Holsters from Rocking K Saddlery (top) and Jeffrey Custom Leather are modern examples of the Threepersons design.
Tom Threepersons was among the most famous of all western lawmen of the previous century. He was by all accounts not only a formidable lawman but also a great cowboy, competing in rodeos prior to World War I, and a scout who served in the Pancho Villa Expedition under Gen. John J. Pershing.
Threepersons joined the Army soon after. His military service in World War I was confined to handling horses at Fort Bliss, Texas, and he stayed on until 1920. During this time Threepersons received a blow to the head from a horse. This serious injury dogged him the rest of his life, and he underwent several surgeries in later years.
He joined the El Paso police department after mustering out of the Army, working in some of the roughest sections of the city. According to service records Threepersons was shot five times during this period. Later, as a federal Prohibition agent he hunted bootleggers and smugglers. At one time he was run over by a bootlegger’s vehicle and injured, although he recovered. He eventually moved from Prohibition to Customs work.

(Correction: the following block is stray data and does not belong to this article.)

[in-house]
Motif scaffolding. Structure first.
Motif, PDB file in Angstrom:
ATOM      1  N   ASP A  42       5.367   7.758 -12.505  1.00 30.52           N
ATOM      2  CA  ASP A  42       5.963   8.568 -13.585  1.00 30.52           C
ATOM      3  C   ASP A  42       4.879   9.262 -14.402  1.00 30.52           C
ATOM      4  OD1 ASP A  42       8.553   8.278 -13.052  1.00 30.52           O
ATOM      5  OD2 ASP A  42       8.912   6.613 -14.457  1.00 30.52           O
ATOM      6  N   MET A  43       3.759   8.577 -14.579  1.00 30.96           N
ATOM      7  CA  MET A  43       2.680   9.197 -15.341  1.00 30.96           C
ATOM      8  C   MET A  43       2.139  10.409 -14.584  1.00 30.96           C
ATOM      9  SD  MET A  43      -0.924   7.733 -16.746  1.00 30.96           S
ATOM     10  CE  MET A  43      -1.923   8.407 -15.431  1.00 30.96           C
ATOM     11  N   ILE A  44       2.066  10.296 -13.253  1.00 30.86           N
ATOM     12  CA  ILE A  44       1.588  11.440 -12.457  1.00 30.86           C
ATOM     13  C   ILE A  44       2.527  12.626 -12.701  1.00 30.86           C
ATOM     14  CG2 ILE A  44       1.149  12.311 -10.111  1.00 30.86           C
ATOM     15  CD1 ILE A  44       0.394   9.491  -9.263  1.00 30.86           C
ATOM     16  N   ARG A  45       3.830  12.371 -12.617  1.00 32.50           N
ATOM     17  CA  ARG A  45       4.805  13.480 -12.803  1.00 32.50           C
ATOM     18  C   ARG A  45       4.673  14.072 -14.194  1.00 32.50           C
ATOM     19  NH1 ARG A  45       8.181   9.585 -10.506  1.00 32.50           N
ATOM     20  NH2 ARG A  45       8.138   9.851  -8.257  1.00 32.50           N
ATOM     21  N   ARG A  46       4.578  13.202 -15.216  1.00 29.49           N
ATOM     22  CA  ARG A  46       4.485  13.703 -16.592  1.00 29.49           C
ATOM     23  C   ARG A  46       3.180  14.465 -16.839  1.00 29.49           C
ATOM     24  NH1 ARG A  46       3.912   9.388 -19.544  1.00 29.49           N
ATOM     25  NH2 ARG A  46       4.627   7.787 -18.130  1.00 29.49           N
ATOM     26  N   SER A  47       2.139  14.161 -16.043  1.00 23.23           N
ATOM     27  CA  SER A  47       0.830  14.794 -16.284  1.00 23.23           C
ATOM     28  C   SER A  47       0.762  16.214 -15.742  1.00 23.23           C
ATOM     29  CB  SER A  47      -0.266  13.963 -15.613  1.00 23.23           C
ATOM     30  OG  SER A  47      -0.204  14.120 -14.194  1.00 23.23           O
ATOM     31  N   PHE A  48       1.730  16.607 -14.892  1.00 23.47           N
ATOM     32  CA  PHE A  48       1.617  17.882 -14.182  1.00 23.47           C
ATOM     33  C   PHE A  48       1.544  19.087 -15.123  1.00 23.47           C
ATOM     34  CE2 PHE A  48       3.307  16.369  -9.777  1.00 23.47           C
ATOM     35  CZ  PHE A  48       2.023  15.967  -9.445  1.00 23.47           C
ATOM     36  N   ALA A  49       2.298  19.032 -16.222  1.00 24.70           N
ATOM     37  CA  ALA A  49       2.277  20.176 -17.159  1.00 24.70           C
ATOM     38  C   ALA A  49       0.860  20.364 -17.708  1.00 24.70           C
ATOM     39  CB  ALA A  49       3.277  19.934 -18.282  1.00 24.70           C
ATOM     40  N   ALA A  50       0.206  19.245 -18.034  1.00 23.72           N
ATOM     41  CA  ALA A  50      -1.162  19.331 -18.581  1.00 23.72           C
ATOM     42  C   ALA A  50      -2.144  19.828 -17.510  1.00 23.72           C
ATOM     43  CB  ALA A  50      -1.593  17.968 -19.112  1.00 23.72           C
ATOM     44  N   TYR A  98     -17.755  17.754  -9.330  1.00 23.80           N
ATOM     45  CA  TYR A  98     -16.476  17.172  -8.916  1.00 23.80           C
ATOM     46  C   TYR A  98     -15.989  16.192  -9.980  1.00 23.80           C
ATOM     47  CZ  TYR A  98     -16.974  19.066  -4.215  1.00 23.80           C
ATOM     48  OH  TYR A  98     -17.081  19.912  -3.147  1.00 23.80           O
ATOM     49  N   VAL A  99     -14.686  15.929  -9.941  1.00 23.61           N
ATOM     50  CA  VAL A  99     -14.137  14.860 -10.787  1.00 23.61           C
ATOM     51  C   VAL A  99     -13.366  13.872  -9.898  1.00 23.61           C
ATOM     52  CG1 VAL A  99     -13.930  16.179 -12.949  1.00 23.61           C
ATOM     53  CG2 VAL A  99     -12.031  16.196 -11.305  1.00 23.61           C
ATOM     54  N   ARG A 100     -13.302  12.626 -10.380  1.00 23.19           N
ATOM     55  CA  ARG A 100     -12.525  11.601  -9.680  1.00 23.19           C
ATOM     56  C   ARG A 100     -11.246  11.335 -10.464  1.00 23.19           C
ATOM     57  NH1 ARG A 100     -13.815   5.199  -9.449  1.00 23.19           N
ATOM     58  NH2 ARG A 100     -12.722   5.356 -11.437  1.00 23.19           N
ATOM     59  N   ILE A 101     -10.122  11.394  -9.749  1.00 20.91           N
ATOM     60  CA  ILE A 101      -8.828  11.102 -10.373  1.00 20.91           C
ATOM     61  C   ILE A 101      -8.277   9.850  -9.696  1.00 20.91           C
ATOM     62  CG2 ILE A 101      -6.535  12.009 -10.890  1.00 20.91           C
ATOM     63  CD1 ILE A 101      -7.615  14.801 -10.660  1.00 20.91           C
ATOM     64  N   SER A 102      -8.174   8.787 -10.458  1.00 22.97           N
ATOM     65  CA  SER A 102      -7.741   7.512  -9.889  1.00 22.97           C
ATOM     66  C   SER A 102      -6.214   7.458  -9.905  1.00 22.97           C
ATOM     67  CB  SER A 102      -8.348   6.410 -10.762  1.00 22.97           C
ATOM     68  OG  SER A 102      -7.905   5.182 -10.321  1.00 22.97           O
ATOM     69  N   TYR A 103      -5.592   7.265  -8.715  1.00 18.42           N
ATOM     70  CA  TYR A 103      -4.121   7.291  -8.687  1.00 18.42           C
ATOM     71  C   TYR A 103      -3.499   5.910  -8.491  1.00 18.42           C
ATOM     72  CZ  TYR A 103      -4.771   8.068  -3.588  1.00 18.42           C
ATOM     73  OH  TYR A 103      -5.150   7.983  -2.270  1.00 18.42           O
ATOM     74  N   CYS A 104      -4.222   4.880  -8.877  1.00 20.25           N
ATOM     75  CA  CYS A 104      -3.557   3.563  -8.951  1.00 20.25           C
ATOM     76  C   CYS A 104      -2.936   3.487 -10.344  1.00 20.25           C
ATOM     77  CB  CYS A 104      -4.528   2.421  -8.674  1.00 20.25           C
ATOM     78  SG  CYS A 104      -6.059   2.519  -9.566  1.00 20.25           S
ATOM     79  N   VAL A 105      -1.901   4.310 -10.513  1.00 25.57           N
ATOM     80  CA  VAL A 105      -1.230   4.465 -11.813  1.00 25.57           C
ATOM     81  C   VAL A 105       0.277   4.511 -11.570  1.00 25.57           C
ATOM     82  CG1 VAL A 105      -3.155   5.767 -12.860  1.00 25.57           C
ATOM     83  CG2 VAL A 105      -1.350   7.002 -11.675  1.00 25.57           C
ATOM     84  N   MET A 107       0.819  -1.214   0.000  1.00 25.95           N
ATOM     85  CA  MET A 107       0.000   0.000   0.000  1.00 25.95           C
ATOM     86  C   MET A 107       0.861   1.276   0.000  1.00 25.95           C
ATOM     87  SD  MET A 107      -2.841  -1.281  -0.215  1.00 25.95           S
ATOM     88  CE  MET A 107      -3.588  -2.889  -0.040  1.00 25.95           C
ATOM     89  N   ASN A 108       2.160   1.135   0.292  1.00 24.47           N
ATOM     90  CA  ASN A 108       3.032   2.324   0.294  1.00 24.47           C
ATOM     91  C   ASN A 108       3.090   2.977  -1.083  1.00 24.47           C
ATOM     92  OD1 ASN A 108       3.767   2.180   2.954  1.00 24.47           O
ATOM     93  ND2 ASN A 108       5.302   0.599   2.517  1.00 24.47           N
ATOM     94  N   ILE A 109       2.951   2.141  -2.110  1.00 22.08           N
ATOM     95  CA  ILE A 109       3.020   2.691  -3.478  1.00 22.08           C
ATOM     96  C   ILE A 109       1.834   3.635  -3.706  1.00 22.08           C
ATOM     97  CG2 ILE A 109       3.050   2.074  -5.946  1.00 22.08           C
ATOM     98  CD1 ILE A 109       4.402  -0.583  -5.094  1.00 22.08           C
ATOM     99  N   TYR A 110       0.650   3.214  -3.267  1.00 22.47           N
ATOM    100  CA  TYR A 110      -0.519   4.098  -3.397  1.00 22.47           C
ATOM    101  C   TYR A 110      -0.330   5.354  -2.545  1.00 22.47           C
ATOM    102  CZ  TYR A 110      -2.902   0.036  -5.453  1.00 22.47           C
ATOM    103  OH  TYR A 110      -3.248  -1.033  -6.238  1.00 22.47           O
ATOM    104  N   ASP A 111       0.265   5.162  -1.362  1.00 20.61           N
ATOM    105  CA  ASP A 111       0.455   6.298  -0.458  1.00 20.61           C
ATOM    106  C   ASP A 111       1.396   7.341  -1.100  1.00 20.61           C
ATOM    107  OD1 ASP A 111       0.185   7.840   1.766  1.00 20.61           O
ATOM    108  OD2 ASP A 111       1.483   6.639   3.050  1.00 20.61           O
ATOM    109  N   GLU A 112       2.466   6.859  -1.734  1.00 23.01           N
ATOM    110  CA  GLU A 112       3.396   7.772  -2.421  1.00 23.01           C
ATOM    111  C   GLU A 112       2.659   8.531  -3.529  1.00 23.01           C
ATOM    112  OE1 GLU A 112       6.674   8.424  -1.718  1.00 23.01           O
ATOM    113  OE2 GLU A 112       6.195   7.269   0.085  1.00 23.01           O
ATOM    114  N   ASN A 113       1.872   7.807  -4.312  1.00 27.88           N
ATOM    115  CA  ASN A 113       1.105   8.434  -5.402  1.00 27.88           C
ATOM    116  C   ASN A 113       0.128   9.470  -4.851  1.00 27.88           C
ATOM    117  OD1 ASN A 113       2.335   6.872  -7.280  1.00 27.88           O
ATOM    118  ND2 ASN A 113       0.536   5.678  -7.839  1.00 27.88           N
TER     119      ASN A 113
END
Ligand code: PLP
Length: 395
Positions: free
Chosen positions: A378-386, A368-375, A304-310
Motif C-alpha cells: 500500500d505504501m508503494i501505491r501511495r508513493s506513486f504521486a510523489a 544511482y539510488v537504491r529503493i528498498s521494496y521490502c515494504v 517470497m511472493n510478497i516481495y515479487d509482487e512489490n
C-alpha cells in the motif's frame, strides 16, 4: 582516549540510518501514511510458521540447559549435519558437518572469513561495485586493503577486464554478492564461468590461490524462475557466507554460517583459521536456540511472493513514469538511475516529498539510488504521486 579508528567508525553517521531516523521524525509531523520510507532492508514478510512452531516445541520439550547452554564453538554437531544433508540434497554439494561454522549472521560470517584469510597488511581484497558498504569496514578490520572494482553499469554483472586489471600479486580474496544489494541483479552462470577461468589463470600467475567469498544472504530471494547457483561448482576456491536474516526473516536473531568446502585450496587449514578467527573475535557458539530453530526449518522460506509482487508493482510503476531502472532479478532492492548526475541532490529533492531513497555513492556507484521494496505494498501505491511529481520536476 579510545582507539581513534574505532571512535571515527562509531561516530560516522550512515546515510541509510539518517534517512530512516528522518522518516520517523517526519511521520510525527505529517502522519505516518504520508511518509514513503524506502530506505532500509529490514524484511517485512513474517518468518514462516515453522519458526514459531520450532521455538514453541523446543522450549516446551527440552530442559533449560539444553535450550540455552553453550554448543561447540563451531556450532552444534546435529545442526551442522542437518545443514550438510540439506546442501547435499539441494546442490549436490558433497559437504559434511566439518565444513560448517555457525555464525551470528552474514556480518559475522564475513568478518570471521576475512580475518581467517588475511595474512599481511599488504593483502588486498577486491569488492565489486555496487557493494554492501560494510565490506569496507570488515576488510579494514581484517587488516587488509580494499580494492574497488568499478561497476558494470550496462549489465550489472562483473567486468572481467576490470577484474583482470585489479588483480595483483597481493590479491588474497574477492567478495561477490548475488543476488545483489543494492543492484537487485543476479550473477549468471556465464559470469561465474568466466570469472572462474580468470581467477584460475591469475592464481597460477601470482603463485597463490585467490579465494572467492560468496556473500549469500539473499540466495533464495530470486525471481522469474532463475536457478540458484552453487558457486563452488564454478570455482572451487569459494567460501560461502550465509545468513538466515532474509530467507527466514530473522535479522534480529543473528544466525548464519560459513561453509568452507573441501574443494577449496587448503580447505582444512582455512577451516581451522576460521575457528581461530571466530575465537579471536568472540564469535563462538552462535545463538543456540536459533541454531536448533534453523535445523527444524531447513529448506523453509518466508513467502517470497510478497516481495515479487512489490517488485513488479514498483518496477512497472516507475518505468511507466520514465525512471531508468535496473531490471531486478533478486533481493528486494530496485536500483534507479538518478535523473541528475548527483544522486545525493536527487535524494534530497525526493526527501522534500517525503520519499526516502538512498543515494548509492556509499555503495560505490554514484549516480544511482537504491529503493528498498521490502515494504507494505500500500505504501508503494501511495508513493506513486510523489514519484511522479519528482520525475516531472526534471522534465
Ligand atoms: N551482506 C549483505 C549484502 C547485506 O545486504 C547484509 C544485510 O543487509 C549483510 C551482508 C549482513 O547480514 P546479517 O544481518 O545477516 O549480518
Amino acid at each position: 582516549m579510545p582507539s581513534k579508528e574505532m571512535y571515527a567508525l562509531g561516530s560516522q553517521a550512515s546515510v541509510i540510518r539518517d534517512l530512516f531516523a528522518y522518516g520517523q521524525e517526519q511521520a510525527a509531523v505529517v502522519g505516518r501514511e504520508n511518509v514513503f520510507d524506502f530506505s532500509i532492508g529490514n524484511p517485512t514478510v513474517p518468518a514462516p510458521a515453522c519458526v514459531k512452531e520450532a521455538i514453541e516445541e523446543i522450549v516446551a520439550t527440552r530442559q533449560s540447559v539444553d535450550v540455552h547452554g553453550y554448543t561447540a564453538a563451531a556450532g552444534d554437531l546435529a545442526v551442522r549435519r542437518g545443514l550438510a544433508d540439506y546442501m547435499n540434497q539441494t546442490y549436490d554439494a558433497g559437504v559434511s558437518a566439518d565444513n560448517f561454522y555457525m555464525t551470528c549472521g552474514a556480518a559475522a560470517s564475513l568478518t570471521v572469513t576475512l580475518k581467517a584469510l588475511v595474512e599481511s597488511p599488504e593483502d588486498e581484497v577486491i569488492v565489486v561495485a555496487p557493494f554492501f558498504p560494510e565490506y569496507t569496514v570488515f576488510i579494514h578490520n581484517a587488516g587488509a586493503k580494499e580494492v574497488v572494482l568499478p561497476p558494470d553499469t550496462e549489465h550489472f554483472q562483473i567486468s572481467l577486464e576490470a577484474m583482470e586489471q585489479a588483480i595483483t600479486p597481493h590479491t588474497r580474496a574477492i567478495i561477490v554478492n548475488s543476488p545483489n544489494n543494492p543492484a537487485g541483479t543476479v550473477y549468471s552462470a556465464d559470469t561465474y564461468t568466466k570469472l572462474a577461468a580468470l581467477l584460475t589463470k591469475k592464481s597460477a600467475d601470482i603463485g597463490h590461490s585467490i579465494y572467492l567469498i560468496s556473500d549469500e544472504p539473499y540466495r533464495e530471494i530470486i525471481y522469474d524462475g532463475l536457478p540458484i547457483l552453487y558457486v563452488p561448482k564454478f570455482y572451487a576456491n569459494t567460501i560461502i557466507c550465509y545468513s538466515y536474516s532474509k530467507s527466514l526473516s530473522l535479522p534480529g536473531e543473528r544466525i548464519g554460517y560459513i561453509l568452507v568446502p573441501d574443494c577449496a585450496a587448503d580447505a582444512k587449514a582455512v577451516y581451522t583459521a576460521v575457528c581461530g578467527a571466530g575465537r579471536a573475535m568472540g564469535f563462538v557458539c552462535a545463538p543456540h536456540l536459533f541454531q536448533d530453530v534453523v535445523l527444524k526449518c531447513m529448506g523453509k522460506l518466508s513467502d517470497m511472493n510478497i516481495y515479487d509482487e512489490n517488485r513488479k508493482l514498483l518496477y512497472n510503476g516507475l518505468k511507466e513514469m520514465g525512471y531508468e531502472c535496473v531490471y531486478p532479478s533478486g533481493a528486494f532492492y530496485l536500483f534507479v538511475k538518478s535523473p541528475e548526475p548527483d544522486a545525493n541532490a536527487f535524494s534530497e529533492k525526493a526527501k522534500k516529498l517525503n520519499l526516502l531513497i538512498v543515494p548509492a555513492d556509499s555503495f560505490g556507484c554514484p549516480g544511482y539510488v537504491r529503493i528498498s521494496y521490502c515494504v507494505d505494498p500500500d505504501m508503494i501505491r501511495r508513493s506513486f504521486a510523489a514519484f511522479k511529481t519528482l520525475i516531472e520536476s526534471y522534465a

Still later, Threepersons worked as a sheriff’s deputy and eventually left law enforcement for good at the age of 43. He continued work on ranches, which seems to have been his chosen vocation. He continued in this trade and became the foreman of a number of ranches. He passed away on April 3, 1969.
The original Threepersons holster was first made by S.D. Myres.
In Threeperson’s day, purpose-designed police holsters were few, and most in law enforcement simply adapted holsters from the previous century to modern belts. The Mexican loop holster, for instance, was a